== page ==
New York, NY – Some market participants suggest that one reason that buy-side firms may have “overpaid” for sell-side research in the past is because of what might be termed “intangible research” — the value of first calls, reports on market color, market insights, etc.
One person who holds such a view is long-time blog reader and regular commentator on the investment research industry, William George, of Blue Sky Research. The following post is Mr. George’s comments on this topic.
In the context of your article (Buy-Side Demand for Sell-Side Research Expected to Wane), it seems to me that there is a dimension of sell-side research that, to a large degree, has escaped significant discussion or scrutiny, and which has even escaped adequate description; because it’s so difficult to conceptualize and define. I guess I would call this type of research the whisper, the wink, and the nod, or for a less pejorative name I might call it intangible research.
Buy-side traders and investment managers have always directed order-flow (and the resulting commissions in excess of the costs of execution) for good ideas, market insights, first-calls and ‘market-color’ reports which might be helpful to their investment management objectives. Over the last several years, the rapid growth of hedge fund assets and hedge fund trading techniques has made this variety of research very popular, and the advent of CSA / CCA’s, with executing brokers’ at the nexus of significant order flow, has increased the use of this ‘intangible research’ for both hedge funds and for traditional institutional advisory structures.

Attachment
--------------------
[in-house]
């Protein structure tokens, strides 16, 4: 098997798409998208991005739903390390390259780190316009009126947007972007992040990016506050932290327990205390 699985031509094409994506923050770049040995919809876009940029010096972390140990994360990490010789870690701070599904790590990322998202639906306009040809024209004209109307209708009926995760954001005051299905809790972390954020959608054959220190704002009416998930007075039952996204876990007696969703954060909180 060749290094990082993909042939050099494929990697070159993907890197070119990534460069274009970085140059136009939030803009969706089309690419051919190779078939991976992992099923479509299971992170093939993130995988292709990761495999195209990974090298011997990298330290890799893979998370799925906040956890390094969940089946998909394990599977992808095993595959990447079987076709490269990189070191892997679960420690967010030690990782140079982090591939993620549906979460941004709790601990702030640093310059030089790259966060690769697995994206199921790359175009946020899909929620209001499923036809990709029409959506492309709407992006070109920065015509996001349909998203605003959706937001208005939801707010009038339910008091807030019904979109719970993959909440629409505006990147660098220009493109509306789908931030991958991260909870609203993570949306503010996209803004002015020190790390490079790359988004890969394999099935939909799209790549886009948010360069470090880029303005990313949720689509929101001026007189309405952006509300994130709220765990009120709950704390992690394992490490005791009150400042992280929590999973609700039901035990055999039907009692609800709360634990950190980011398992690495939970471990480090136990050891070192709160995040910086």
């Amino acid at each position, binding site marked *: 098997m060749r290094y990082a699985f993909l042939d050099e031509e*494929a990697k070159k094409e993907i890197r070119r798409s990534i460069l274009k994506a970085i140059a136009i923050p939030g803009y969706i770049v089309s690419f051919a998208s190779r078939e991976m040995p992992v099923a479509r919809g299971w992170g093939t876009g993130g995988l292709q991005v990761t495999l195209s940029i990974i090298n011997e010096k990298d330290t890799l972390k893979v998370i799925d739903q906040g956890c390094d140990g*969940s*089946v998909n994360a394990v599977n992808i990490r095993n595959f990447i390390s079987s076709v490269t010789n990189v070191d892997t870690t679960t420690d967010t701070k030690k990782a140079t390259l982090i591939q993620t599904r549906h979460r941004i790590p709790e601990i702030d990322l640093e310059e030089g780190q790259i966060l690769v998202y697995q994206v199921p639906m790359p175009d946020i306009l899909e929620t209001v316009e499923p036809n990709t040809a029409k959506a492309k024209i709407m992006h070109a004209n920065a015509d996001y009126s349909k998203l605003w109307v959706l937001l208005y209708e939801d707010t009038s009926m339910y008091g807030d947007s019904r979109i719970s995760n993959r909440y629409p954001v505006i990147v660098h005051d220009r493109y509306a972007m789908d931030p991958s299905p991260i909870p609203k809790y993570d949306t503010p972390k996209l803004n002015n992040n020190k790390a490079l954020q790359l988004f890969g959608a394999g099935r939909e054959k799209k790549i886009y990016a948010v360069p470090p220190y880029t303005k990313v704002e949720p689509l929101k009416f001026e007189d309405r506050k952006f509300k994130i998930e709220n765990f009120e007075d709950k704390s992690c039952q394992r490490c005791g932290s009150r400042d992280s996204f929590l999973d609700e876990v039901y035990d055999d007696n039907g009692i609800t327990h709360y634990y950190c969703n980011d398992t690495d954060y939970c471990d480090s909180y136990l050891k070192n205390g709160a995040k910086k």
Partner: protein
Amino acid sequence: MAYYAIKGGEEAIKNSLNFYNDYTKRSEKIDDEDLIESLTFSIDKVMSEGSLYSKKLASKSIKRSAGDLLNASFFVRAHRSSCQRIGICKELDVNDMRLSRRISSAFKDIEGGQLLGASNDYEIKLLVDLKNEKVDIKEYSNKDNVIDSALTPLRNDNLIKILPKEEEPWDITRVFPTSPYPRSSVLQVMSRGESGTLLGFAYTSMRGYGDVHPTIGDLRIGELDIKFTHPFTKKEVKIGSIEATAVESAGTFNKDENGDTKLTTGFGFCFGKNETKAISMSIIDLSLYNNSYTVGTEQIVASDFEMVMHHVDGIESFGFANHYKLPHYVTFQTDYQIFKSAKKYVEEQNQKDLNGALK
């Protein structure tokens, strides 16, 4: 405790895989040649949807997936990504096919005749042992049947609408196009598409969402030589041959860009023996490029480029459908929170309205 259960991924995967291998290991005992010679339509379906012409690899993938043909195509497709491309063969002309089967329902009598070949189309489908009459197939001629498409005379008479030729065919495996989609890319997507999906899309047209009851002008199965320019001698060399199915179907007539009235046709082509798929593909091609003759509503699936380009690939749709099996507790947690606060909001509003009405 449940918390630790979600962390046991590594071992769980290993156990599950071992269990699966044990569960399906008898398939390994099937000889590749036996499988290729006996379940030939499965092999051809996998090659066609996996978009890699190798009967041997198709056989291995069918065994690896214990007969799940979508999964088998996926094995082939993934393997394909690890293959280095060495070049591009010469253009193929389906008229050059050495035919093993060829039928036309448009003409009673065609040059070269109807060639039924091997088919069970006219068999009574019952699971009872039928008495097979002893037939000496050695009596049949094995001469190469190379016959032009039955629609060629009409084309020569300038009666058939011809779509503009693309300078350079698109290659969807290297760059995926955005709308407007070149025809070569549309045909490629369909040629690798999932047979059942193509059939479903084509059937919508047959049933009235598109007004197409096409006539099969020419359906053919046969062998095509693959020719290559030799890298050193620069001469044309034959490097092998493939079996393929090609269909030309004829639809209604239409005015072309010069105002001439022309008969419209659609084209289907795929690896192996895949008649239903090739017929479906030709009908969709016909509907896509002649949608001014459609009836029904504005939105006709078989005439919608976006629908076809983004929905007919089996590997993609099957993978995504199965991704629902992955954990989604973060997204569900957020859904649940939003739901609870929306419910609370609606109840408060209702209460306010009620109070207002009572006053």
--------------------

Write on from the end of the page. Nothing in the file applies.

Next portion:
Furthermore, I’ve always thought such ‘intangible research’ has contributed to what you and others call over-payment for research, and it has complicated the accounting for bundled undisclosed research services. Additionally, it seems that, because such intangible research is not objectively described or priced, it complicates tests for Section 28(e) compliance and makes the enforcement of Section 28(e)* extremely difficult (in fact, it makes it impossible).
I believe the exchange of clients’ commissions for what I call ‘intangible research’ will increase in the future. Particularly if this variety of research continues to escape description, quantification and separate pricing. Also, I believe this ‘Intangible research’ is one significant element in the commission obfuscation you mention in your article. Any analysis which attempts to define, identify and describe this type of sell-side research will contribute to an understanding of the competitive disadvantage independent research providers struggle against when compared to sell-side research providers. Such definition, description and analysis will also assist institutional clients and their fiduciaries in the measurement of the benefits received for their institutional brokerage commissions.
It seems to me that questionnaires, studies and discussions about research value, Section 28(e) compliance, and the appropriate use of institutional clients’ brokerage commissions could be greatly improved by attempting to describe and quantify what I call intangible research.
* That is, the even-handed enforcement of sell-side research costs vs.independent research costs.